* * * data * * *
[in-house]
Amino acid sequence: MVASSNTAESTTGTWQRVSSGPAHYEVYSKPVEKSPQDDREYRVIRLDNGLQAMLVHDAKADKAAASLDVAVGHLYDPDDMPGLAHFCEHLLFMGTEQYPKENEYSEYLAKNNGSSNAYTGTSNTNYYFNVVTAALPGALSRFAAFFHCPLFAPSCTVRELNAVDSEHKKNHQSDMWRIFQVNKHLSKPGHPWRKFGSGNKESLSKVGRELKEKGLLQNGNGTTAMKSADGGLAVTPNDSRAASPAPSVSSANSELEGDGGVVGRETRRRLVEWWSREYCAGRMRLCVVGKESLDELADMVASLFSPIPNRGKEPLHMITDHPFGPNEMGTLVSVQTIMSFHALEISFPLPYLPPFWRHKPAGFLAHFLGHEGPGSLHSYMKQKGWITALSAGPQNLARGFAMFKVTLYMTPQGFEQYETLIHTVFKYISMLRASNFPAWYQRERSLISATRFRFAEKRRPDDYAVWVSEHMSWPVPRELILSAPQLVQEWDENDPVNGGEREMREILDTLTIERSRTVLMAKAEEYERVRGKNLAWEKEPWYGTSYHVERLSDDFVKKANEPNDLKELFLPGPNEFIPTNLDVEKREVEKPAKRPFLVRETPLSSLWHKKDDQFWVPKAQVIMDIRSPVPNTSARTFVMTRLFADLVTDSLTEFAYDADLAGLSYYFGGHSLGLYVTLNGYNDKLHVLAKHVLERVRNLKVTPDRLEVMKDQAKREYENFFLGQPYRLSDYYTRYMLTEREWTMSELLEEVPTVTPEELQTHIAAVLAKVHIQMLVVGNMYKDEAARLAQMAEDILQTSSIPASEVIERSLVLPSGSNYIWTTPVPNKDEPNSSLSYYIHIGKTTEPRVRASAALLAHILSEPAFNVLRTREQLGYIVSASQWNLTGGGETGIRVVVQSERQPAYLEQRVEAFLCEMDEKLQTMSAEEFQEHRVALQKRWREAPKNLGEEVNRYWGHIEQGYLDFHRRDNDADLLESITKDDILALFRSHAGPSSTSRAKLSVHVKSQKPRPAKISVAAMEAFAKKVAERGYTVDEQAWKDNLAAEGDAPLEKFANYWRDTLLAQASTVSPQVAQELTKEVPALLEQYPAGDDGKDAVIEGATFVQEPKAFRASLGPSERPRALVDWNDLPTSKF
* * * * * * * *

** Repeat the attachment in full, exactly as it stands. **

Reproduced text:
[in-house]
Amino acid sequence: MVASSNTAESTTGTWQRVSSGPAHYEVYSKPVEKSPQDDREYRVIRLDNGLQAMLVHDAKADKAAASLDVAVGHLYDPDDMPGLAHFCEHLLFMGTEQYPKENEYSEYLAKNNGSSNAYTGTSNTNYYFNVVTAALPGALSRFAAFFHCPLFAPSCTVRELNAVDSEHKKNHQSDMWRIFQVNKHLSKPGHPWRKFGSGNKESLSKVGRELKEKGLLQNGNGTTAMKSADGGLAVTPNDSRAASPAPSVSSANSELEGDGGVVGRETRRRLVEWWSREYCAGRMRLCVVGKESLDELADMVASLFSPIPNRGKEPLHMITDHPFGPNEMGTLVSVQTIMSFHALEISFPLPYLPPFWRHKPAGFLAHFLGHEGPGSLHSYMKQKGWITALSAGPQNLARGFAMFKVTLYMTPQGFEQYETLIHTVFKYISMLRASNFPAWYQRERSLISATRFRFAEKRRPDDYAVWVSEHMSWPVPRELILSAPQLVQEWDENDPVNGGEREMREILDTLTIERSRTVLMAKAEEYERVRGKNLAWEKEPWYGTSYHVERLSDDFVKKANEPNDLKELFLPGPNEFIPTNLDVEKREVEKPAKRPFLVRETPLSSLWHKKDDQFWVPKAQVIMDIRSPVPNTSARTFVMTRLFADLVTDSLTEFAYDADLAGLSYYFGGHSLGLYVTLNGYNDKLHVLAKHVLERVRNLKVTPDRLEVMKDQAKREYENFFLGQPYRLSDYYTRYMLTEREWTMSELLEEVPTVTPEELQTHIAAVLAKVHIQMLVVGNMYKDEAARLAQMAEDILQTSSIPASEVIERSLVLPSGSNYIWTTPVPNKDEPNSSLSYYIHIGKTTEPRVRASAALLAHILSEPAFNVLRTREQLGYIVSASQWNLTGGGETGIRVVVQSERQPAYLEQRVEAFLCEMDEKLQTMSAEEFQEHRVALQKRWREAPKNLGEEVNRYWGHIEQGYLDFHRRDNDADLLESITKDDILALFRSHAGPSSTSRAKLSVHVKSQKPRPAKISVAAMEAFAKKVAERGYTVDEQAWKDNLAAEGDAPLEKFANYWRDTLLAQASTVSPQVAQELTKEVPALLEQYPAGDDGKDAVIEGATFVQEPKAFRASLGPSERPRALVDWNDLPTSKF